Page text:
~Practice turning planes (squares, rectangles, and triangles) into 3-dimensional figures and show how to draw other 3D objects such as cube, pyramid, cone, sphere and cylinder.  Show how shading also adds depth and the perception of perspective.  Have the kids practice on the white board or on a piece of paper.
~Ask these questions about perspective (bring in a piece of artwork** to represent these things):
     – What do you notice about the size of objects in the foreground compared to those in the background (SIZE)
     – What do you notice about the spacing of objects in the foreground compared to those in the background (SPACING)
     – Do any objects in the foreground overlap objects in the background (OVERLAPPING)
     – Can you see a light side and a dark side in the picture?  Where is the light source?  (SHADING)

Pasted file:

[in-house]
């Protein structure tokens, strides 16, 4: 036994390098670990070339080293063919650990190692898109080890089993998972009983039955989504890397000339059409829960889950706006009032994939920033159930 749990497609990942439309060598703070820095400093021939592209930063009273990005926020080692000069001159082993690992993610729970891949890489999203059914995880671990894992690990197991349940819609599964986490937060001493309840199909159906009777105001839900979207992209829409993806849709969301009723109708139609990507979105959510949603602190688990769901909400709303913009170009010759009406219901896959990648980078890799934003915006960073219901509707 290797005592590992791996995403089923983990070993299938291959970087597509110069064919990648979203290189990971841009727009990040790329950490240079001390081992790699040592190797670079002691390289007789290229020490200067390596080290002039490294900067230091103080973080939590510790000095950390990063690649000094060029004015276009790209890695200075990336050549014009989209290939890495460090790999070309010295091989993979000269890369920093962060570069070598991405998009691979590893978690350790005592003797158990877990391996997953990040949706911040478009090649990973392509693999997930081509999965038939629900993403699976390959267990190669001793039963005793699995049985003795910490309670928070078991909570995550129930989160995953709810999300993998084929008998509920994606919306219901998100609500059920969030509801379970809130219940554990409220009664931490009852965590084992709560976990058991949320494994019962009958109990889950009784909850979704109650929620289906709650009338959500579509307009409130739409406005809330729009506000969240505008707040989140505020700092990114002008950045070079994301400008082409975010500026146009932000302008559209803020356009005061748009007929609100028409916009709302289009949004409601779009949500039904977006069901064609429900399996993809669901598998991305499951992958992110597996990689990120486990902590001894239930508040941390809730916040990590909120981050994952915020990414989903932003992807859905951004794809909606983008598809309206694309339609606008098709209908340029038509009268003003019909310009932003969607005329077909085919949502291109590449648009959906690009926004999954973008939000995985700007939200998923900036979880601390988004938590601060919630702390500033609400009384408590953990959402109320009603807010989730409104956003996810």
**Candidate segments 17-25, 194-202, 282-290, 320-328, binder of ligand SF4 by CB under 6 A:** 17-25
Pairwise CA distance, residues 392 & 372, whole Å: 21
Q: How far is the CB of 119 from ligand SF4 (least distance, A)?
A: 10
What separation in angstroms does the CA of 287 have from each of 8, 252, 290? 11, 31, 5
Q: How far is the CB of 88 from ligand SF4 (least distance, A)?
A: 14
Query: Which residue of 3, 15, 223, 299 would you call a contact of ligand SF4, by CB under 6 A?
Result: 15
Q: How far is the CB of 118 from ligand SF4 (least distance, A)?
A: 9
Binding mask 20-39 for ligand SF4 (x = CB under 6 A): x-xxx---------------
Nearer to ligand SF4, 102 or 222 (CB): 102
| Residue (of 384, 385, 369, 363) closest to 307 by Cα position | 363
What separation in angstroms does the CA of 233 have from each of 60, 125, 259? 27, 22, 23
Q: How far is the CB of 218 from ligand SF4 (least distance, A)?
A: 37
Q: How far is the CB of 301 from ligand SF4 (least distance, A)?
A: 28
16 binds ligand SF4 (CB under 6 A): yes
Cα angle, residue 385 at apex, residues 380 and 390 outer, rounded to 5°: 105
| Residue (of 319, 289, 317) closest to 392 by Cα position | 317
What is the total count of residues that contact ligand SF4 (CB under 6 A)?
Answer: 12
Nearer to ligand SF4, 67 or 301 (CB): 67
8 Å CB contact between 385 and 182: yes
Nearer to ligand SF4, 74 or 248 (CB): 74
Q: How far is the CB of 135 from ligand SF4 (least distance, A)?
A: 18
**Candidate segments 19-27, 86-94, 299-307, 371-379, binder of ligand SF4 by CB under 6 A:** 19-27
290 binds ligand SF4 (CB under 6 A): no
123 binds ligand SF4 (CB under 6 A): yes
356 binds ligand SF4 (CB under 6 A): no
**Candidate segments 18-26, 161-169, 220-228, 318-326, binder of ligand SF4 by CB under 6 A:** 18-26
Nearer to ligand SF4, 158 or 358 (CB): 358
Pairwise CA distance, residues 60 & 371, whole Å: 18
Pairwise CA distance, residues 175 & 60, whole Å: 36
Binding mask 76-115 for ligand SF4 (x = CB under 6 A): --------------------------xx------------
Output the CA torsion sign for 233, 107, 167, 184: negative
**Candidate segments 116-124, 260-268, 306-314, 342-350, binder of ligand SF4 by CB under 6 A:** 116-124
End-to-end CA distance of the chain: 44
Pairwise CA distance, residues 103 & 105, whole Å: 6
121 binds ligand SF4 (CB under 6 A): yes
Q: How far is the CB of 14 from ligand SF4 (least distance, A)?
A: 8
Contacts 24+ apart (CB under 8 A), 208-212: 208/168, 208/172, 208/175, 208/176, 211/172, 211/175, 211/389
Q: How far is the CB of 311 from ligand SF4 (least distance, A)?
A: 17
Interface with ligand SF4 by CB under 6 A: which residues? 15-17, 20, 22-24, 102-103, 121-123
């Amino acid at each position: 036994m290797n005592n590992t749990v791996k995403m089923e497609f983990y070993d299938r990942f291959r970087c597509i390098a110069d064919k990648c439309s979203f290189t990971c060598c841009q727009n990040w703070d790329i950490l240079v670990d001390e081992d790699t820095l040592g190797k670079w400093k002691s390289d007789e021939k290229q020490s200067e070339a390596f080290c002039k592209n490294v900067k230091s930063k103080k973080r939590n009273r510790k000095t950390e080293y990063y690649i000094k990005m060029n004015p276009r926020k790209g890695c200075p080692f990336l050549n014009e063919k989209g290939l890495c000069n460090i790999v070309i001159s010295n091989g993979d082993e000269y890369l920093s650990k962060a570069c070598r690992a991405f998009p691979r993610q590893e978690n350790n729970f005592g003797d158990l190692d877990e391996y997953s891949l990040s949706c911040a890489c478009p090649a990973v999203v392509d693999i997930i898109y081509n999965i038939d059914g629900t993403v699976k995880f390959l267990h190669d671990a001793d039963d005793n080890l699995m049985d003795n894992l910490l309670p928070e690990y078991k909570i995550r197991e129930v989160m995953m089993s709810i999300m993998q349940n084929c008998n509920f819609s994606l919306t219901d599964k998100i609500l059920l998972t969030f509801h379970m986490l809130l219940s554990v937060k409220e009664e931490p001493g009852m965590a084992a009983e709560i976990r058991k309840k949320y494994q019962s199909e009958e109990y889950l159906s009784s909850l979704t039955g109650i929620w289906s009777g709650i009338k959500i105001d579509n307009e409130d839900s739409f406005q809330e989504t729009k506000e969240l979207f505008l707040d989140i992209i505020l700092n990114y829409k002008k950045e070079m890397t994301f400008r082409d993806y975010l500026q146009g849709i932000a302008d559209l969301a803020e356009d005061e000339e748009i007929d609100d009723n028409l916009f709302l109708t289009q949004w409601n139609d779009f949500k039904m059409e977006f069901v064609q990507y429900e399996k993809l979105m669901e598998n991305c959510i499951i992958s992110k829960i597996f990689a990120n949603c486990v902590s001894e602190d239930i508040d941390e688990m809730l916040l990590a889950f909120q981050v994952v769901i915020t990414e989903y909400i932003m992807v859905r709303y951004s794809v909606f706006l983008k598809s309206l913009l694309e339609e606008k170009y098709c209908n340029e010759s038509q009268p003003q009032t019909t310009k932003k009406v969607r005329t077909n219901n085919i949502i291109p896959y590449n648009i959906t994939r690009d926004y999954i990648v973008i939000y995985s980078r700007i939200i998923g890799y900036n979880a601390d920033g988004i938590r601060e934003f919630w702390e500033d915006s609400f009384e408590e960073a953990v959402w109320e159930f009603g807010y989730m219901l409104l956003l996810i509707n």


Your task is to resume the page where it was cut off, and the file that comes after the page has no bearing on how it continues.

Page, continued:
– Do you notice any shadows in the picture (SHADOW)
     – Where do the ground and sky meet (HORIZON LINE)
     – Is there a point in this picture where distant objects seem to disappear from sight (VANISHING POINT)
**Suggestions of art pieces to bring in (Google and print something from online or use a book with a picture): The Midnight Ride of Paul Revere by Grant Wood [1931], View from Mount Holyoke (The Oxbow) by Thomas Cole [1836], The County Election by George Caleb Bingham [1852] or Allies Day by Childe Hassam [1917]

~Using this fun perspective tutorial show the children how to make objects look closer and farther away.
~Use these pictures and instructions as a guide to make a one point perspective project with a city or farm in the skyline.
~I love this project that teaches about horizon lines using tracing paper.
~For another one point perspective drawing, this project always works really well.
~For older students, this project would be challenging.

Draw and Write Through History 2

Drawing – Week 6: Final Project

Book to Read:
Harold and Purple Crayon by Crockett Johnson
Not a Box by Antoinette Portis

For Practice: